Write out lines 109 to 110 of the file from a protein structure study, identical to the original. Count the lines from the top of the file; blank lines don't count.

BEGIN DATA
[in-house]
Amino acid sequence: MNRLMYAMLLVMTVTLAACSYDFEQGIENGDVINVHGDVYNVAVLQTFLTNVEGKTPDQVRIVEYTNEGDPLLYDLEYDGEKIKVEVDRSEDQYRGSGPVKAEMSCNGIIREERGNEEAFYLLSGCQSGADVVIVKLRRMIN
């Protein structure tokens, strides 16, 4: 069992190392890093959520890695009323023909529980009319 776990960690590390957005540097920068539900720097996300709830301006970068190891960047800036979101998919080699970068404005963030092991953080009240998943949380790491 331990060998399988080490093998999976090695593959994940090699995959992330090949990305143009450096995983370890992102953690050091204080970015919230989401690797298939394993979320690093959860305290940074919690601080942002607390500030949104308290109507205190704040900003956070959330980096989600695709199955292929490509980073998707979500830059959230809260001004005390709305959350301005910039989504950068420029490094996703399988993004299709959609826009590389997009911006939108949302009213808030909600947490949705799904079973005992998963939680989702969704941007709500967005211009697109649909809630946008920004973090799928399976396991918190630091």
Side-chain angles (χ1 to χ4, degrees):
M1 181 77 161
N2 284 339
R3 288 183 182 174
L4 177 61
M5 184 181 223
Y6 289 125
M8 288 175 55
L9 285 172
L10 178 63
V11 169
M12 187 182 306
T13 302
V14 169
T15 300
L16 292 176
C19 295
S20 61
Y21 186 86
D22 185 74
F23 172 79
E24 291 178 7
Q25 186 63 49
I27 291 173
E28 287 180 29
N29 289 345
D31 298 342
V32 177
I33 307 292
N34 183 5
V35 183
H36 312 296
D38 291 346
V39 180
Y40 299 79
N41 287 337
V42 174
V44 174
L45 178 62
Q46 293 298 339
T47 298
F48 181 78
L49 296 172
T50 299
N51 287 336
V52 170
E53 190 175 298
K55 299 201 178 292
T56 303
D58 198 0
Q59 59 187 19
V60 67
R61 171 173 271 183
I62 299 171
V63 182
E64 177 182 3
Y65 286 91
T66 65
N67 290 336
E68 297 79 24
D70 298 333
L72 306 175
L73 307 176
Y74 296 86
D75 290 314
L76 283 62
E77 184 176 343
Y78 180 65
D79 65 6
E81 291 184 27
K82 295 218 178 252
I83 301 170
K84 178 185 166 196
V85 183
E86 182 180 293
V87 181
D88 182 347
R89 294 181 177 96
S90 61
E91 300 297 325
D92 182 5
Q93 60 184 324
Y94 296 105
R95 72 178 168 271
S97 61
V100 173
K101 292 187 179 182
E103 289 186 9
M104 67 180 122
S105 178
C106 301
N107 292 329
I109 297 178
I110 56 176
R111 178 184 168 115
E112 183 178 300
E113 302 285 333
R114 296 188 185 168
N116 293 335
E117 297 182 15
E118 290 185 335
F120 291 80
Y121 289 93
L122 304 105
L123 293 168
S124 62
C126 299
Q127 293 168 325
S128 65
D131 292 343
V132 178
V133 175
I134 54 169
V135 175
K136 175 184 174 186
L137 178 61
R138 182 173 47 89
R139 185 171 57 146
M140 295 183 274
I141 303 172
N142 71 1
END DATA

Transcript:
S124 62
C126 299